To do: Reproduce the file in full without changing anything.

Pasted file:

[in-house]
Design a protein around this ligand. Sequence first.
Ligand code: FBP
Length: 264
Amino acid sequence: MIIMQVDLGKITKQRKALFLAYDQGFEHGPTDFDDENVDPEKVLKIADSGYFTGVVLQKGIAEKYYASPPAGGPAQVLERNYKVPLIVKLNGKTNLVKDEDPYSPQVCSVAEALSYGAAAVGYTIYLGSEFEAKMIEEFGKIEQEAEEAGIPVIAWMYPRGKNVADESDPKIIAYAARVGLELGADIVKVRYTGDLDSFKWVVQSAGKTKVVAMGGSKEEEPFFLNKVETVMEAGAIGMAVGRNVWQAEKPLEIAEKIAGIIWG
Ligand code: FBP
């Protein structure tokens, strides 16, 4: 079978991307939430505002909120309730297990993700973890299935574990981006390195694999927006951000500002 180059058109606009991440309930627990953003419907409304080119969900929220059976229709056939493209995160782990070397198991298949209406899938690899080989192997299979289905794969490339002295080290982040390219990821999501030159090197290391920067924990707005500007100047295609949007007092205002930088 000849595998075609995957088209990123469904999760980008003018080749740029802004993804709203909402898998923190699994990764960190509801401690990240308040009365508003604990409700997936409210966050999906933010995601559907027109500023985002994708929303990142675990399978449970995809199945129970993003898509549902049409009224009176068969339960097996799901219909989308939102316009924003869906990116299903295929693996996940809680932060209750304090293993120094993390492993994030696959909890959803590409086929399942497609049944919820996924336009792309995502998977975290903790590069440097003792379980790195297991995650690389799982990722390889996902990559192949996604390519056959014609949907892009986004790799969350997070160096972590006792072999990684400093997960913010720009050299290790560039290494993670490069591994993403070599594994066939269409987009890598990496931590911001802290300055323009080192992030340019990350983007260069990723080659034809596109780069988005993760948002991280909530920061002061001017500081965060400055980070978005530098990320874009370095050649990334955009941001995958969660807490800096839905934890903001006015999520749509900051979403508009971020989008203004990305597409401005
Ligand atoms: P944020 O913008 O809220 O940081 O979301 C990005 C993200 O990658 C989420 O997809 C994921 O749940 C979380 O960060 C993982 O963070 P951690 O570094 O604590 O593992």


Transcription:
[in-house]
Design a protein around this ligand. Sequence first.
Ligand code: FBP
Length: 264
Amino acid sequence: MIIMQVDLGKITKQRKALFLAYDQGFEHGPTDFDDENVDPEKVLKIADSGYFTGVVLQKGIAEKYYASPPAGGPAQVLERNYKVPLIVKLNGKTNLVKDEDPYSPQVCSVAEALSYGAAAVGYTIYLGSEFEAKMIEEFGKIEQEAEEAGIPVIAWMYPRGKNVADESDPKIIAYAARVGLELGADIVKVRYTGDLDSFKWVVQSAGKTKVVAMGGSKEEEPFFLNKVETVMEAGAIGMAVGRNVWQAEKPLEIAEKIAGIIWG
Ligand code: FBP
């Protein structure tokens, strides 16, 4: 079978991307939430505002909120309730297990993700973890299935574990981006390195694999927006951000500002 180059058109606009991440309930627990953003419907409304080119969900929220059976229709056939493209995160782990070397198991298949209406899938690899080989192997299979289905794969490339002295080290982040390219990821999501030159090197290391920067924990707005500007100047295609949007007092205002930088 000849595998075609995957088209990123469904999760980008003018080749740029802004993804709203909402898998923190699994990764960190509801401690990240308040009365508003604990409700997936409210966050999906933010995601559907027109500023985002994708929303990142675990399978449970995809199945129970993003898509549902049409009224009176068969339960097996799901219909989308939102316009924003869906990116299903295929693996996940809680932060209750304090293993120094993390492993994030696959909890959803590409086929399942497609049944919820996924336009792309995502998977975290903790590069440097003792379980790195297991995650690389799982990722390889996902990559192949996604390519056959014609949907892009986004790799969350997070160096972590006792072999990684400093997960913010720009050299290790560039290494993670490069591994993403070599594994066939269409987009890598990496931590911001802290300055323009080192992030340019990350983007260069990723080659034809596109780069988005993760948002991280909530920061002061001017500081965060400055980070978005530098990320874009370095050649990334955009941001995958969660807490800096839905934890903001006015999520749509900051979403508009971020989008203004990305597409401005
Ligand atoms: P944020 O913008 O809220 O940081 O979301 C990005 C993200 O990658 C989420 O997809 C994921 O749940 C979380 O960060 C993982 O963070 P951690 O570094 O604590 O593992």